Sponsor Message:
Aviation Technical / Operations Forum
My Starred Topics | Profile | New Topic | Forum Index | Help | Search 
Afterburner Stages  
User currently offlineTlfd29 From United States of America, joined Jul 2005, 81 posts, RR: 0
Posted (8 years 3 weeks 1 day 3 hours ago) and read 2687 times:

What does it mean when they say an aircraft has a six stage afterburner? What are the stages composed of? Are there engines with less or more stages?

3 replies: All unread, jump to last
 
User currently offlineBoeingfixer From Canada, joined Jul 2005, 534 posts, RR: 0
Reply 1, posted (8 years 3 weeks 1 day ago) and read 2656 times:

Stages are actually know as Zones. Zones are essentially separate fuel spay manifolds before the AB flame holder that allow more control over the AB power output. If less AB is required, only 1 zone could be used. As more AB power is required the additional zones will be activated by the FADEC or AB fuel control unit. Early AB's had only one stage or zone = on or off. There can be anywhere from 1 zone to 6+ zones depending on engine type.

Cheers,

John



Cheers, John YYC
User currently offlineBlackbird From , joined Dec 1969, posts, RR:
Reply 2, posted (8 years 3 weeks 16 hours ago) and read 2609 times:

To my knowledge, stages or zones on the afterburner allow more lee-way in terms of afterburner-control.

In the old days, the afterburners were basically ON or OFF, and guzzled a thousand pounds of fuel every minute. Adding some ability to have more control of the afterburner, the J-79 was fitted with a modulated afterburner with five different settings. The highest setting had the most thrust and fuel burn. The J-75, at least some models, featured a Min-AB, in addition to a Max AB setting.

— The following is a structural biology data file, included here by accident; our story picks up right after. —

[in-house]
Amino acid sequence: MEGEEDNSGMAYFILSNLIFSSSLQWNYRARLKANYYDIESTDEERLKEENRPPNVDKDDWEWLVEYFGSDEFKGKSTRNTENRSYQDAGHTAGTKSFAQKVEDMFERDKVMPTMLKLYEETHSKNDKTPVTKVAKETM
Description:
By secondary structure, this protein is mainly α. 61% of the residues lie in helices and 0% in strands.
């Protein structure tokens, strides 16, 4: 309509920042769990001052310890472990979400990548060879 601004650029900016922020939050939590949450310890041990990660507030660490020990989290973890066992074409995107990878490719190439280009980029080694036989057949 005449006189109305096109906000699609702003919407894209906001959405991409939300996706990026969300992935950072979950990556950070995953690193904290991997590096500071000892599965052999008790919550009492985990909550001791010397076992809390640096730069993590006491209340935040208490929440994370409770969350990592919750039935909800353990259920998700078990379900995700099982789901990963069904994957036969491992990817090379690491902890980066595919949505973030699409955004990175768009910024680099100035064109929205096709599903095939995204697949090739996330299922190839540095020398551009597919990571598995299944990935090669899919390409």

The J-58 used on the blackbird, has vernier control over the afterburner; able to regulate it just like one would regulate the engine RPM.


User currently offlineStarlionblue From Greenland, joined Feb 2004, 17190 posts, RR: 66
Reply 3, posted (8 years 3 weeks 13 hours ago) and read 2579 times:

Quoting Blackbird (Reply 2):

In the old days, the afterburners were basically ON or OFF, and guzzled a thousand pounds of fuel every minute.

Not to mention being like an elephant kicking you in the kidneys when it was punched on.

Apart from the modulation ability mentioned above, zoned afterburners have a gentler transition from no afterburner to full (and back) is gained. This is better for both the airframe and the pilot. Note that it doesn't take two minutes, but even a subsecond zone stagger will make the transition much smoother.



"There are no stupid questions, but there are a lot of inquisitive idiots."
Top Of Page
Forum Index

Reply To This Topic Afterburner Stages
Username:
No username? Sign up now!
Password: 


Forgot Password? Be reminded.
Remember me on this computer (uses cookies)
  • Tech/Ops related posts only!
  • Not Tech/Ops related? Use the other forums
  • No adverts of any kind. This includes web pages.
  • No hostile language or criticizing of others.
  • Do not post copyright protected material.
  • Use relevant and describing topics.
  • Check if your post already been discussed.
  • Check your spelling!
  • DETAILED RULES
Add Images Add SmiliesPosting Help

Please check your spelling (press "Check Spelling" above)


Similar topics:More similar topics...
MD80 Engine "Stages" posted Thu Jul 29 2004 22:19:18 by Bigphilnyc
Take Off Stages/phases posted Fri Feb 27 2004 05:45:06 by Fly727
Noise "Stages" And Rules posted Thu Sep 25 2003 20:38:49 by Bigphilnyc
How Does An Afterburner Work? posted Tue Aug 24 2004 18:13:52 by Dancerrada
Stages To Landing An Aicraft posted Tue Dec 3 2002 21:23:43 by GF-A330

Sponsor Message:
Printer friendly format